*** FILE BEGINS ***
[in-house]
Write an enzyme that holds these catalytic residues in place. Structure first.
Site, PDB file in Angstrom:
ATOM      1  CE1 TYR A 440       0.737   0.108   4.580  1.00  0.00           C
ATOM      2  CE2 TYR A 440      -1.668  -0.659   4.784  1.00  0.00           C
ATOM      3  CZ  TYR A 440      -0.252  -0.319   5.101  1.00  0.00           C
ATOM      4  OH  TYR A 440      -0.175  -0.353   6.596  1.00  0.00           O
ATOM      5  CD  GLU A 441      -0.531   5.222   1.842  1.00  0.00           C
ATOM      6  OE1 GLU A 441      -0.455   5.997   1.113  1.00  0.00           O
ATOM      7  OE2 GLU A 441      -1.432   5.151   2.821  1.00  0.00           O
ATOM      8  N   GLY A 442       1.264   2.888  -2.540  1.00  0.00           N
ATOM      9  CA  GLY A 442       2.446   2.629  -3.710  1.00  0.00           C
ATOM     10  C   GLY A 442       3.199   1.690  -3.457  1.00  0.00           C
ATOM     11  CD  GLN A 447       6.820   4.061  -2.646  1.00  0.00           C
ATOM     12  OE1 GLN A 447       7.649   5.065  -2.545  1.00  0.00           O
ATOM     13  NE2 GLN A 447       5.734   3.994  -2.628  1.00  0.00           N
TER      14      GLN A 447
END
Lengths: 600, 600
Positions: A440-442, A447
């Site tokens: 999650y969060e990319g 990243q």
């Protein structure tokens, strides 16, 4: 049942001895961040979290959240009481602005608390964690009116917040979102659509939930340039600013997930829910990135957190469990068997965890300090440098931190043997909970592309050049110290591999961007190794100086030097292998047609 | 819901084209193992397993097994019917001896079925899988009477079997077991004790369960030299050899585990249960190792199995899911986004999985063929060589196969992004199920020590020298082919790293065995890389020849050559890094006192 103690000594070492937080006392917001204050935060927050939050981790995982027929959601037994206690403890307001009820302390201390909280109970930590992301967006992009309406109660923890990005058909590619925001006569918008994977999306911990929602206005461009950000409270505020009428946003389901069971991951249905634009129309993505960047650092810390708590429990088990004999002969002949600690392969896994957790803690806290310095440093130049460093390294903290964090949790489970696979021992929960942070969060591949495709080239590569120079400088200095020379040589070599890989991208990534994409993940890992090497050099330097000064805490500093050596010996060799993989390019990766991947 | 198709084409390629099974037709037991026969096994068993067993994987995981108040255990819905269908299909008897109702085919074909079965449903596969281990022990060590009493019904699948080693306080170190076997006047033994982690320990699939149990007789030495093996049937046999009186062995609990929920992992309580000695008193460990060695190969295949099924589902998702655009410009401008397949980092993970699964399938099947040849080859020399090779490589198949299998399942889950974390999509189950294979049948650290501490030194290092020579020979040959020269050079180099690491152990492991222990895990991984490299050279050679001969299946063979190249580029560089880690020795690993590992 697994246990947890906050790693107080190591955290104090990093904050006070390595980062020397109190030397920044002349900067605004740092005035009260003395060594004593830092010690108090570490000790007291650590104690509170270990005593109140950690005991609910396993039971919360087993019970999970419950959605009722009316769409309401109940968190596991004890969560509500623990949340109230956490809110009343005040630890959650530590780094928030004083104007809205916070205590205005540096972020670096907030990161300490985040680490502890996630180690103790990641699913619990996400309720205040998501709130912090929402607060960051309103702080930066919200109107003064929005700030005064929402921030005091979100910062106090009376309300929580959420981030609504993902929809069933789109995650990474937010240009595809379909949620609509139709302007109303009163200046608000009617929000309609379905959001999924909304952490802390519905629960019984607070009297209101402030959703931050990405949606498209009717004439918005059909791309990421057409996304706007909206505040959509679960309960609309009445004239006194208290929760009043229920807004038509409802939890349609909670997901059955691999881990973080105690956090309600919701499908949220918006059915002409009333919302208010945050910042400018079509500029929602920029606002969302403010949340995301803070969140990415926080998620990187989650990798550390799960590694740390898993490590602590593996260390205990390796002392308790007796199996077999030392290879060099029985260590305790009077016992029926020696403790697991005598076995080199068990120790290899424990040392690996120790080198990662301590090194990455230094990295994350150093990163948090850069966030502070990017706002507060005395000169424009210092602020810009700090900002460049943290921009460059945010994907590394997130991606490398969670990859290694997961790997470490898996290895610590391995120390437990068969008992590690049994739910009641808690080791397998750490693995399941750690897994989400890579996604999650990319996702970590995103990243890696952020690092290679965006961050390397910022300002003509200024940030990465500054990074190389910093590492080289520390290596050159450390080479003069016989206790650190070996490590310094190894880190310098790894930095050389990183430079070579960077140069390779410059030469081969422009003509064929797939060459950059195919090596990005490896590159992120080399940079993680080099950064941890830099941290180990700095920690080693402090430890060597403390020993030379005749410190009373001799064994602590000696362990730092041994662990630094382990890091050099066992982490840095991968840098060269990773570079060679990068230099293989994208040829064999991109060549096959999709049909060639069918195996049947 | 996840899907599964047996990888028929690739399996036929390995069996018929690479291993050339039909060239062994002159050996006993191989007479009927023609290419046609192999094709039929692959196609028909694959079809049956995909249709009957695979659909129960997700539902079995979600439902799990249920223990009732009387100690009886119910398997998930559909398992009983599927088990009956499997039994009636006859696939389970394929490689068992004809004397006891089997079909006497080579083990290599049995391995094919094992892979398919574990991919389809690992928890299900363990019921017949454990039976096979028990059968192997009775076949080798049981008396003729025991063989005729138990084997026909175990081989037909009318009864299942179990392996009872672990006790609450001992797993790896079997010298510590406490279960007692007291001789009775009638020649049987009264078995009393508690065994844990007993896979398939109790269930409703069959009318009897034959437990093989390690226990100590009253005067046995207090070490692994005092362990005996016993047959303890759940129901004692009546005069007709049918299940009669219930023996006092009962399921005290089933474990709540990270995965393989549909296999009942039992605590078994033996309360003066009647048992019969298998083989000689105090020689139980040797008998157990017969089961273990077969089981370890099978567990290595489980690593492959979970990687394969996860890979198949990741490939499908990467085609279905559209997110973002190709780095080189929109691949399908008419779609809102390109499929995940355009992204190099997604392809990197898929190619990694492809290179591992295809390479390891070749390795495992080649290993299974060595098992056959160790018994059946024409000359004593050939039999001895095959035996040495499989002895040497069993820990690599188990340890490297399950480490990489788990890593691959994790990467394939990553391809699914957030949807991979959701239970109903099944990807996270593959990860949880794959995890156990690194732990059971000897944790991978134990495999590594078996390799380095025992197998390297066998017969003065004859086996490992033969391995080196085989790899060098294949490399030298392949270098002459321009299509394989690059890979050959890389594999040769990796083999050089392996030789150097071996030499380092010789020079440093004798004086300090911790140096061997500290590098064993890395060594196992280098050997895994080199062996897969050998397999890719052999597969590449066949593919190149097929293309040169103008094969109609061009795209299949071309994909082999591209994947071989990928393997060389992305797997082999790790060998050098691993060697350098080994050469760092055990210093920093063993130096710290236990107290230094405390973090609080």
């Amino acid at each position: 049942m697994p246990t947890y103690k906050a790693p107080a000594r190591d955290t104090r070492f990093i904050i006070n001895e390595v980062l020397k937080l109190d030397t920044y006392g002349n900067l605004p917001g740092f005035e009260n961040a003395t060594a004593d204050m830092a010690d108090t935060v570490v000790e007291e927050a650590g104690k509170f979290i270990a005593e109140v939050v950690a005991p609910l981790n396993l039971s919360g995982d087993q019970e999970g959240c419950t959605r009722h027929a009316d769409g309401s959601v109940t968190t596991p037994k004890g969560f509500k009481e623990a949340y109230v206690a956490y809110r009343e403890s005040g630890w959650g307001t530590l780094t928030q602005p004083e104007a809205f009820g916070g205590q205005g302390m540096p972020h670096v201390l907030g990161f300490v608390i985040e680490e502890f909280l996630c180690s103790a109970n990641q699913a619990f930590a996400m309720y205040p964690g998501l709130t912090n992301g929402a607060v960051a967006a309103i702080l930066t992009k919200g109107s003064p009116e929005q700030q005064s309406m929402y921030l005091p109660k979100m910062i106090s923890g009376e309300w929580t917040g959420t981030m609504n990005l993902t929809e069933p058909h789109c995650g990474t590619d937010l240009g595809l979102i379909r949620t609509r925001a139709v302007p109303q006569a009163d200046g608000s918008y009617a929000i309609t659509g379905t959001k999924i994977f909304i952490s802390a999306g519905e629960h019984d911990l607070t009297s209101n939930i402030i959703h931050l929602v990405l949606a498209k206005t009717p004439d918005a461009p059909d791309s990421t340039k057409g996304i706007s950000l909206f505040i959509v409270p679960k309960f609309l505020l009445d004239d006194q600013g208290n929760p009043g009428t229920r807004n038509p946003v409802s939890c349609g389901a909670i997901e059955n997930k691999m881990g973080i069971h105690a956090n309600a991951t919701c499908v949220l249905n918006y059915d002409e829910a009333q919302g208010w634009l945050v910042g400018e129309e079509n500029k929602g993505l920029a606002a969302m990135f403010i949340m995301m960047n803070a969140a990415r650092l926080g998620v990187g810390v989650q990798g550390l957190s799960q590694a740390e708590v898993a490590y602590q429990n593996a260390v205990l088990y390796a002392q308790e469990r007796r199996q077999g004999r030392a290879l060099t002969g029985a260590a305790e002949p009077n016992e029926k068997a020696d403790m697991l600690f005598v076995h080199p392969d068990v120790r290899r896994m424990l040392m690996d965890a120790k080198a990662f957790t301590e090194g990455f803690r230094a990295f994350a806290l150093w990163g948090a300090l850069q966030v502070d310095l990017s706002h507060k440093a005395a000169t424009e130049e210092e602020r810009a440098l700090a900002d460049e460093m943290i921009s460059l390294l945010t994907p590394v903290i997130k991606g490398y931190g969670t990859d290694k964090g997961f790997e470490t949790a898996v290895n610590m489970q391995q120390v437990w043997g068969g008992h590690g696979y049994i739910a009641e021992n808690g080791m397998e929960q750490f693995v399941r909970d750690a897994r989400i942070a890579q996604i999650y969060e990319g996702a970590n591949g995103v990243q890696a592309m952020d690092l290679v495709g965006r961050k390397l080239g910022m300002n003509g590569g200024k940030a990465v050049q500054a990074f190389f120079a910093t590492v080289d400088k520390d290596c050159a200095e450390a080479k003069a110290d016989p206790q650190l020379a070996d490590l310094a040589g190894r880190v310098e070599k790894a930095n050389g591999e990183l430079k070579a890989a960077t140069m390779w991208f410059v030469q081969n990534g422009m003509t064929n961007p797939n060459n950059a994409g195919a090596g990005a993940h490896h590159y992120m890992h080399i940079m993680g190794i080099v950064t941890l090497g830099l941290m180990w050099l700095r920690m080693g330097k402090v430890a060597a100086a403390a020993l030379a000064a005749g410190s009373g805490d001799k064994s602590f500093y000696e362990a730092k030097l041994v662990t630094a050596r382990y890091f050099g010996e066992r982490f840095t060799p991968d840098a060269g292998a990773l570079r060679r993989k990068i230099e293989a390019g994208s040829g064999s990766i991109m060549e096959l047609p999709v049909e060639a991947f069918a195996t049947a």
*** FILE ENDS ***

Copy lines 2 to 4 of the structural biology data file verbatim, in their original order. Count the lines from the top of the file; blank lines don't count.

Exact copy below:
Write an enzyme that holds these catalytic residues in place. Structure first.
Site, PDB file in Angstrom:
ATOM      1  CE1 TYR A 440       0.737   0.108   4.580  1.00  0.00           C